Scaling a common machine learning workload in the cloud
Project examined scale-up and scale-out of a natural language processing problem
10 January 2019
STAC recently studied the performance, cost, and quality of a common machine-learning (ML) pipeline in natural language processing (NLP): Python-based feature preparation and training of topic models from SEC Form 10-K filings using Latent Dirichlet Allocation. We explored the question of scale-up versus scale-out in three cloud environments:
1. A single Google Cloud Platform (GCP) n1-standard-16 instance (Intel Skylake option)
2. A single GCP n1-standard-96 instance (Intel Skylake option)
3. A Google Cloud Dataproc (Spark as a service) cluster containing 13 x n1-standard-16 Skylake instances (1 master and 12 worker nodes).
Excerpts from the study are available here. At the same link, subscribers to the Analytics STAC Track™ can access the full STAC Study™, which contains extensive performance analysis, "war stories" about working with the data science tools and cloud products in the project as a regular customer, and detailed configuration information. The implementation code and test dataset are also available.*
The purpose of this first NLP project was to demonstrate the utility of business-driven benchmarks for ML techniques and technologies and to solicit feedback from the STAC AI Working Group. Machine learning and other forms of artificial intelligence are increasingly important in finance, but firms face a wide array of algorithms, frameworks, hardware, and cloud services to choose from. Benchmarks can be useful signposts in such an environment, but they must use workloads that correspond to key business bottlenecks, measure the properties that a business cares about, and fall within a process that ensures the reliability of results.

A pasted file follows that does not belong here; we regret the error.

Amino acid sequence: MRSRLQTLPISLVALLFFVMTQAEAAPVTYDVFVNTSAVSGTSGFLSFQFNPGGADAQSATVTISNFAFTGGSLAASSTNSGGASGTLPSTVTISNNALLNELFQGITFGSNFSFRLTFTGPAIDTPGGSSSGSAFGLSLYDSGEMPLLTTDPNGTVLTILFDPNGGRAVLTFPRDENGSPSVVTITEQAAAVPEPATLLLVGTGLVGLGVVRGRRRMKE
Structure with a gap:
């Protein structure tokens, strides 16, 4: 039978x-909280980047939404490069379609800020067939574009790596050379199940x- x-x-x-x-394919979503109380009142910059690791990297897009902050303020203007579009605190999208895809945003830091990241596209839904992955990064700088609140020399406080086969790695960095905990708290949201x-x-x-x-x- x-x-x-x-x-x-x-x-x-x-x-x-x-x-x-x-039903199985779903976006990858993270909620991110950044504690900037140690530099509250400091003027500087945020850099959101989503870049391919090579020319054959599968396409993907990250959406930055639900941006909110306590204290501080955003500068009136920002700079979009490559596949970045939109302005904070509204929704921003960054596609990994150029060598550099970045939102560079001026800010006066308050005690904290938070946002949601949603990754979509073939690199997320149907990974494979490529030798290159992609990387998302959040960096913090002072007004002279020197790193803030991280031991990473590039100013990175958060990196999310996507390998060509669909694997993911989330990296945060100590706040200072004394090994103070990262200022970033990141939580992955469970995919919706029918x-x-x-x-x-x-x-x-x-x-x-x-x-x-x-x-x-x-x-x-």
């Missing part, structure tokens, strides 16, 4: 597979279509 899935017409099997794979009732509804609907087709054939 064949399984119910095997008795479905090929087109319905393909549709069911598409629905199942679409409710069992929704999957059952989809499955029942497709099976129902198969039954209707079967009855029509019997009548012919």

The benchmarks in this project were not official benchmarks from the STAC Benchmark Council but rather a proposed suite. STAC developed them by applying principles learned from other STAC Benchmarks—such as strategy backtesting, enterprise tick analytics, and derivatives valuation—to NLP use cases it has encountered at financial firms.
In this exercise, we studied scalability. Suboptimal scaling of model training can mean long cycle times (i.e., low data scientist productivity) and less thorough exploration of hyperparameter spaces (i.e., potentially low model quality). The simple theory behind cloud scaling is that if it takes, say, 60 minutes to run something on one core, we can shrink that time to 1 minute by running on 60 cores, all for the same total cost. Reality usually differs from theory, but the question is by how much and depending on what. One dimension to this question is scale-up versus scale-out. With cloud instances based on Intel Xeon Platinum (“Skylake”) processors now offering 96 vCPUs, and many more vCPUs per instance coming online soon when cloud providers adopt Intel’s “Cascade Lake” processors (including an announced variant with 192 virtual cores per 2-socket server), the relative merits of scale-up and scale-out are becoming salient for some workloads.
We are grateful to Intel for providing financial support for this effort and to Google for offsetting the cloud costs. Their support demonstrates each company’s commitment to the effort to develop rigorous, vendor-independent benchmark standards with long-term value to the industry.
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